Working conditions at Sparrows Point Steel Mill differed for white and black workers.
The text tells us that although everyone worked hard, black workers often had to perform the tasks that white workers would not touch. Black men who started work at the mill would initially be assigned to work at the bottom of partially built tankers in the shipyard. There, their job was to pick up any nuts, bolts, and rivets which would invariably fall more than thirty or forty feet down by workers who were welding or drilling above.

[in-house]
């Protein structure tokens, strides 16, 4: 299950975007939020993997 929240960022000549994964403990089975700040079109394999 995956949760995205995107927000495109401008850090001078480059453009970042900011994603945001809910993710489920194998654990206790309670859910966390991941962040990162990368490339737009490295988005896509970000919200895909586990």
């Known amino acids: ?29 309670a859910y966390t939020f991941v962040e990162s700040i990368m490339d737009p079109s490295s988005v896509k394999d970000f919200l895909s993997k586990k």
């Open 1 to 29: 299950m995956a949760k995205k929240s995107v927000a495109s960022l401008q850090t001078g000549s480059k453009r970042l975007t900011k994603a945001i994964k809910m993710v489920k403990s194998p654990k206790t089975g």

Eventually, if the black workers were fortunate, they would be moved to the furnace room, where again, they handled jobs no white worker would perform. The black workers would be assigned to shovel coal into blazing furnaces. They breathed in toxic coal dust and asbestos while performing back-breaking jobs. Black workers earned 80 cents an hour or less; whites earned more. By the time WWII commenced with the attack on Pearl Harbor, Sparrows Point was quickly emerging as the largest steel plant in the world. Black families migrated from Maryland, Virginia, and the Carolinas to work at the steel mill.